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See below for a selection of the latest books from Social theory category. Presented with a red border are the Social theory books that have been lovingly read and reviewed by the experts at Lovereading. With expert reading recommendations made by people with a passion for books and some unique features Lovereading will help you find great Social theory books and those from many more genres to read that will keep you inspired and entertained. And it's all free!
In this comprehensive, accessible Handbook, acclaimed social theorist Anthony Elliott brings together internationally distinguished and emergent scholars in the social sciences and humanities to review the major theoretical traditions, trends and trajectories in the hugely popular field of identity studies. Routledge Handbook of Identity Studies set new standards for reference works when first published, such was the far-reaching sweep of topics discussed - including identity studies reconfigured by feminism, post-structuralism and postmodernism, individualization theories, media and cultural studies, race and ethnicity, consumerism, environmentalism, post-colonialism, globalization and many more. This second edition of the Handbook contains new contributions, including an updated general introduction from Anthony Elliott on the fast-changing conditions and contours of identity transformations in the global age. There are also new chapters on the emergence of posthuman identities - with specific focus on the global consequences of biotechnology, biomedicine, robotics and artificial intelligence for the analysis of identity - and on identity mobilities. The Handbook's clear and accessibly format will appeal to a wide undergraduate audience, as well as researchers and teachers, in the social sciences and humanities.
In 1915 Robert Park penned his seminal paper The City: Suggestions for the investigation of human behaviour in the city environment . This book gathers together reflections from a diverse range of urban China specialists to consider its relevance today, actively engaging with the challenge of conceptualising urban China and asking important questions about the development of the contemporary city.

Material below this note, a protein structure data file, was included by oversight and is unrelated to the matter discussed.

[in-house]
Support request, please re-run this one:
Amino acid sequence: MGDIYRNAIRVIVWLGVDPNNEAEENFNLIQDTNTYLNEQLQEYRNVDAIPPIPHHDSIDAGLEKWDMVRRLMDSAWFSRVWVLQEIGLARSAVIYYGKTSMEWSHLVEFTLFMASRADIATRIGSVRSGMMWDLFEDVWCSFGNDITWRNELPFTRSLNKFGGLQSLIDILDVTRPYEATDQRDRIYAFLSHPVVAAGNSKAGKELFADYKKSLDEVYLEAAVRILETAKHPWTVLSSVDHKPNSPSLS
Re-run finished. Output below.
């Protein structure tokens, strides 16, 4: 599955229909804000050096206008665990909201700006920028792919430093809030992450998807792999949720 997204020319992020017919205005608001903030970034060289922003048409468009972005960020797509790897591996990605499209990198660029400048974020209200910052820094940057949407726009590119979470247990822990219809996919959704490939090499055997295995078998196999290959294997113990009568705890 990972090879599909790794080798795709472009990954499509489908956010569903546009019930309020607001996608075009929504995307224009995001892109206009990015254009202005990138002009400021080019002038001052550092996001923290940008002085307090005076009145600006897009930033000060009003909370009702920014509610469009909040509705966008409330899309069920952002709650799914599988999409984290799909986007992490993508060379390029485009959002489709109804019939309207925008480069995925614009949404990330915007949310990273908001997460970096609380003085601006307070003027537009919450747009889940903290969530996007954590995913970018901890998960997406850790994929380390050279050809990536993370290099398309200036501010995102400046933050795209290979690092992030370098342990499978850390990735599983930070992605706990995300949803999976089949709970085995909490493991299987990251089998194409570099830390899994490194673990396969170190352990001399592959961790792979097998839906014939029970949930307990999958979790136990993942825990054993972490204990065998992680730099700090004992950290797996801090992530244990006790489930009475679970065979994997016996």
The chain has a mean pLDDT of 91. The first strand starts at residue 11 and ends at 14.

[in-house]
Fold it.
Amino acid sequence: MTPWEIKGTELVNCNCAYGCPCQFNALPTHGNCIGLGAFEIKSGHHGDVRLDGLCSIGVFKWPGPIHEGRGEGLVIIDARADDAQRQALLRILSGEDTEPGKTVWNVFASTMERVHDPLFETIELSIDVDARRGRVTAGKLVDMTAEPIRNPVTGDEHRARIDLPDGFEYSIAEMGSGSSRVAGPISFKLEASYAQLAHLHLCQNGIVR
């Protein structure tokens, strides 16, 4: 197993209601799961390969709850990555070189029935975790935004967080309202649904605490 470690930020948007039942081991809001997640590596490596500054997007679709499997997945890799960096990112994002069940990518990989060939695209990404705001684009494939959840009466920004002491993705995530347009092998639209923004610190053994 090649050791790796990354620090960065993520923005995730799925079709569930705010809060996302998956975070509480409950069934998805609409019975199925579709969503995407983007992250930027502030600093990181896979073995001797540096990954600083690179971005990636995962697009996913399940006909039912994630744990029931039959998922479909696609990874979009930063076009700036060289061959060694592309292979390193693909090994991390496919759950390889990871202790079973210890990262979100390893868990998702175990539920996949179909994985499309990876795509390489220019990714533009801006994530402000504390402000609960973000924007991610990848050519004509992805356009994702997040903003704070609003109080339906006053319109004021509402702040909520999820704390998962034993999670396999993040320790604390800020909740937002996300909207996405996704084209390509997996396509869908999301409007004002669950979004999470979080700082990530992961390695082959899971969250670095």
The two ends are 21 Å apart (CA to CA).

This book exemplifies the public sociology approach to sociological research popularised by Michael Burawoy, showcasing how an approach that focuses on the powerful can bring new insights into how our society works. As a collection of empirically-rich sociological writings on power, influence and decision-making in late capitalism, the book highlights the wide range of path-breaking research in the field and investigates the powerful - with a particular focus on corporate and state elites and their allies in policy think-tanks, lobby groups and PR firms - as part of a corrective to sociology as the study of the powerless.
This book examines how 20th century theorists have used a discourse of crisis to frame their conceptualizations of modernity. Through an investigation of four key thinkers (Georg Lukacs, Hannah Arendt, Reinhart Koselleck and Jurgen Habermas), Gilbert argues that scholars in the social sciences and humanities should be cautious of treating crises as explananda for research. Instead, the book calls for sociological analysis of the role of crisis within social scientific discourse, and examines how crisis has been used as a conceptual frame for legitimating theoretical agendas. Gilbert's sociology of concepts approach presents crisis as a paradigm of modern thought, and, more generally, reflects on how concepts can become the carriers of diverse intellectual traditions and debates. The Crisis Paradigm will be of interest to students and scholars of social and critical theory, politics, sociology and history, as well as those working in the fields of media studies, communication and discourse analysis.